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Keywords:

  • Bees;
  • competition;
  • foraging preference;
  • lavender;
  • resource partitioning;
  • tongue lengths

Abstract

  1. Lavender (Lavandula spp.) flowers attract more bumble bees (Bombus spp.) than honey bees (Apis mellifera). Counts of bees foraging on Lavandula × intermedia ‘Grosso’ at the University of Sussex campus, showed that bumble bees (92%) greatly outnumbered honey bees (8%). This was not due to a scarcity of honey bees, as the reverse ratio (94% honey bees vs. 6% bumble bees) occurred on borage (Borago officinalis) at the same location.
  2. Video analysis of free-flying bees revealed that all bumble bee species present (Bombus terrestris/lucorum, Bombus pascuorum, and Bombus lapidarius) handled lavender flowers three times faster than honey bees (mean extraction times: 0.38, 0.37, 0.34 s respectively, vs. 1.30 s; all P < 0.001). Honey bee tongue length (6.6 mm) was approximately 2 mm shorter than those of bumble bees (7.8–8.9 mm) and 1 mm shorter than the lavender corolla tube (c. 7 mm). In addition, bumble bees probed twice as many lavender flowers encountered than honey bees (86% vs. 46%).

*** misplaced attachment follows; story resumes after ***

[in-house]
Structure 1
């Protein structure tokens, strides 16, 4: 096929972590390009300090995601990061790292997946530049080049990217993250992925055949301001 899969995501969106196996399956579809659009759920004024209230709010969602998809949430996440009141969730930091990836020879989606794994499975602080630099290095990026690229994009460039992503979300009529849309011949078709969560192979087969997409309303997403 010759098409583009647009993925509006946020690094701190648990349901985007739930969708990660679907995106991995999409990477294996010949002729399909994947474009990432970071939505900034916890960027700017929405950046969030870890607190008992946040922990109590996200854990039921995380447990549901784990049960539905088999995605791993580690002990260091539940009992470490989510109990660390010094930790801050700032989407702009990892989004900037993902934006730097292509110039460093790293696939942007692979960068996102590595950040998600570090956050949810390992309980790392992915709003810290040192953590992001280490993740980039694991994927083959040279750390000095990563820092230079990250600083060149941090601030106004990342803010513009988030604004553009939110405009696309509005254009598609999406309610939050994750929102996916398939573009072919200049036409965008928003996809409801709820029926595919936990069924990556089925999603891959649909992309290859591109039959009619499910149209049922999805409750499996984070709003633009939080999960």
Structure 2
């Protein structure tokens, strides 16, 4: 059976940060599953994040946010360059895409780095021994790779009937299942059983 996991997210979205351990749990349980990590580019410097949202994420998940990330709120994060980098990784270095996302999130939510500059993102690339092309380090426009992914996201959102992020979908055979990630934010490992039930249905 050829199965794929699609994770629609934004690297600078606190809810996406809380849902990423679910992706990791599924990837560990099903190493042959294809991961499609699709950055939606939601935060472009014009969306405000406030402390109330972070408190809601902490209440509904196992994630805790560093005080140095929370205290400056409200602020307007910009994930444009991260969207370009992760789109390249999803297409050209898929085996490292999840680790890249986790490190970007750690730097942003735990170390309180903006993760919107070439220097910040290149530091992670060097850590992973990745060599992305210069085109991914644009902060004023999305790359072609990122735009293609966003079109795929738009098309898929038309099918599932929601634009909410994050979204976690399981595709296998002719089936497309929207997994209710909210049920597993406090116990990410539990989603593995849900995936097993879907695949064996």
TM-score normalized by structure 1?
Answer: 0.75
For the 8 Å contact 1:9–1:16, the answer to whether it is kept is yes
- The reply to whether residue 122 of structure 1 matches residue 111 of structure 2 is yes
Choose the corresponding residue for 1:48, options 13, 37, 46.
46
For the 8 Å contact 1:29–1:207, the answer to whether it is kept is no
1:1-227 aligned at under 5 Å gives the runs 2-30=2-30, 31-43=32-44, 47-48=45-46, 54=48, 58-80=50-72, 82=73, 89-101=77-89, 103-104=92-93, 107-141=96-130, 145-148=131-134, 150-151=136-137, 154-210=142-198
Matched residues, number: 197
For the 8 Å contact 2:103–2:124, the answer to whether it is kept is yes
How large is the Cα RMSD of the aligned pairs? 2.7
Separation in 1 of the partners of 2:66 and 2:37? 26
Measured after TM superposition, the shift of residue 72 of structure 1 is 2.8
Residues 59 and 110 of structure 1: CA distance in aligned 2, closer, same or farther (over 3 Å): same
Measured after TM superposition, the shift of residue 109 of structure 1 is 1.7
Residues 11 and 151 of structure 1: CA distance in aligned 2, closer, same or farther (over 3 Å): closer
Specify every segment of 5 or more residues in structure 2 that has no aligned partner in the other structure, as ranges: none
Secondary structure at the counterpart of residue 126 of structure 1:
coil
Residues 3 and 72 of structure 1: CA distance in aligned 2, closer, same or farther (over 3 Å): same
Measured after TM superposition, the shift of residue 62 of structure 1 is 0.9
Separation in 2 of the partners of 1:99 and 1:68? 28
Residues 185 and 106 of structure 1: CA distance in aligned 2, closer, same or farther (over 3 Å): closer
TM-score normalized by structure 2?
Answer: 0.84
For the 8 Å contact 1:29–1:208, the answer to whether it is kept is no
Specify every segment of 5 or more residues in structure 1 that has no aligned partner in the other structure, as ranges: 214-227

3. Experimentally reducing effective corolla tube length with scalpel incisions significantly decreased extraction time for honey bees (from 1.11 to 0.76 s; P < 0.001) but not for bumble bees (0.33 to 0.28 s; P = 0.266).
  4. Results suggest that honey bees are deterred from foraging on lavender because they are being outcompeted by bumble bees, which forage more efficiently.